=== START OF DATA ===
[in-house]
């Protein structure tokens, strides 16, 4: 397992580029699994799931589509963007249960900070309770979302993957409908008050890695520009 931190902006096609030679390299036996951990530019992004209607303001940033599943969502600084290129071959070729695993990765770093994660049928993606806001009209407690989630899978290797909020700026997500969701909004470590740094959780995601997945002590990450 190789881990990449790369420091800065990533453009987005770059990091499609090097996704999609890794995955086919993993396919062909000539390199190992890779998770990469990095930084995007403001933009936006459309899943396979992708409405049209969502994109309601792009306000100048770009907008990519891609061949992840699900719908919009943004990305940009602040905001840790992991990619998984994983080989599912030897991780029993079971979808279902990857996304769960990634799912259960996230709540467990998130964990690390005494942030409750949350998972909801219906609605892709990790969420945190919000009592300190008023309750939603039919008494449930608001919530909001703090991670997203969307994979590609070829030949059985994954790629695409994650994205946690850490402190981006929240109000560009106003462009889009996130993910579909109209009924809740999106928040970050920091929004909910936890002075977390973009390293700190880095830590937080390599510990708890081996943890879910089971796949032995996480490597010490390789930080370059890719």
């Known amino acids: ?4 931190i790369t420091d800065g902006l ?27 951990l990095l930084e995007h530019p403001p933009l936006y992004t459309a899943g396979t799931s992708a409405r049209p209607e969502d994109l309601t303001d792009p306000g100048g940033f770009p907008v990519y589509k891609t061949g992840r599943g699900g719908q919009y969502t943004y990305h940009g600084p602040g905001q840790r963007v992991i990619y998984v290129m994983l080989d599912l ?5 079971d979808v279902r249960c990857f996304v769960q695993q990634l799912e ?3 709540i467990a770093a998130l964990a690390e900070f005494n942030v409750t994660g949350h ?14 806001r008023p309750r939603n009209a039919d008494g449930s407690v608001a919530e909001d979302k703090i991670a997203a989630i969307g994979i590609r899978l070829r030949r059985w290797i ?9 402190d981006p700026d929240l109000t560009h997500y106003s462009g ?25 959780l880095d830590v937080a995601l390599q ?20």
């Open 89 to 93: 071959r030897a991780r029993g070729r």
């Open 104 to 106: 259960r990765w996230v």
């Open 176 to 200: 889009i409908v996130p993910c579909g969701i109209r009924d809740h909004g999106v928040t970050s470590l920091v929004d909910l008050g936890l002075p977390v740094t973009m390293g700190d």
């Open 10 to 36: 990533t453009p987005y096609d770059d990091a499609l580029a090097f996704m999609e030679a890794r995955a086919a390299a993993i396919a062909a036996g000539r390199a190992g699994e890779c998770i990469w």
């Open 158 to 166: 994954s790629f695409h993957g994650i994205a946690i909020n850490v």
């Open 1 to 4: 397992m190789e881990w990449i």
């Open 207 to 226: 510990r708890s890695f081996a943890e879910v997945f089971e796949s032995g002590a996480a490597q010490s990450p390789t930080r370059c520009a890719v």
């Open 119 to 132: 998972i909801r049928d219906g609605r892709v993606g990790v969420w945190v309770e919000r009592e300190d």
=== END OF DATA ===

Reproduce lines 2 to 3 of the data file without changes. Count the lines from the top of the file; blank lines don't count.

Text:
């Protein structure tokens, strides 16, 4: 397992580029699994799931589509963007249960900070309770979302993957409908008050890695520009 931190902006096609030679390299036996951990530019992004209607303001940033599943969502600084290129071959070729695993990765770093994660049928993606806001009209407690989630899978290797909020700026997500969701909004470590740094959780995601997945002590990450 190789881990990449790369420091800065990533453009987005770059990091499609090097996704999609890794995955086919993993396919062909000539390199190992890779998770990469990095930084995007403001933009936006459309899943396979992708409405049209969502994109309601792009306000100048770009907008990519891609061949992840699900719908919009943004990305940009602040905001840790992991990619998984994983080989599912030897991780029993079971979808279902990857996304769960990634799912259960996230709540467990998130964990690390005494942030409750949350998972909801219906609605892709990790969420945190919000009592300190008023309750939603039919008494449930608001919530909001703090991670997203969307994979590609070829030949059985994954790629695409994650994205946690850490402190981006929240109000560009106003462009889009996130993910579909109209009924809740999106928040970050920091929004909910936890002075977390973009390293700190880095830590937080390599510990708890081996943890879910089971796949032995996480490597010490390789930080370059890719």
């Known amino acids: ?4 931190i790369t420091d800065g902006l ?27 951990l990095l930084e995007h530019p403001p933009l936006y992004t459309a899943g396979t799931s992708a409405r049209p209607e969502d994109l309601t303001d792009p306000g100048g940033f770009p907008v990519y589509k891609t061949g992840r599943g699900g719908q919009y969502t943004y990305h940009g600084p602040g905001q840790r963007v992991i990619y998984v290129m994983l080989d599912l ?5 079971d979808v279902r249960c990857f996304v769960q695993q990634l799912e ?3 709540i467990a770093a998130l964990a690390e900070f005494n942030v409750t994660g949350h ?14 806001r008023p309750r939603n009209a039919d008494g449930s407690v608001a919530e909001d979302k703090i991670a997203a989630i969307g994979i590609r899978l070829r030949r059985w290797i ?9 402190d981006p700026d929240l109000t560009h997500y106003s462009g ?25 959780l880095d830590v937080a995601l390599q ?20």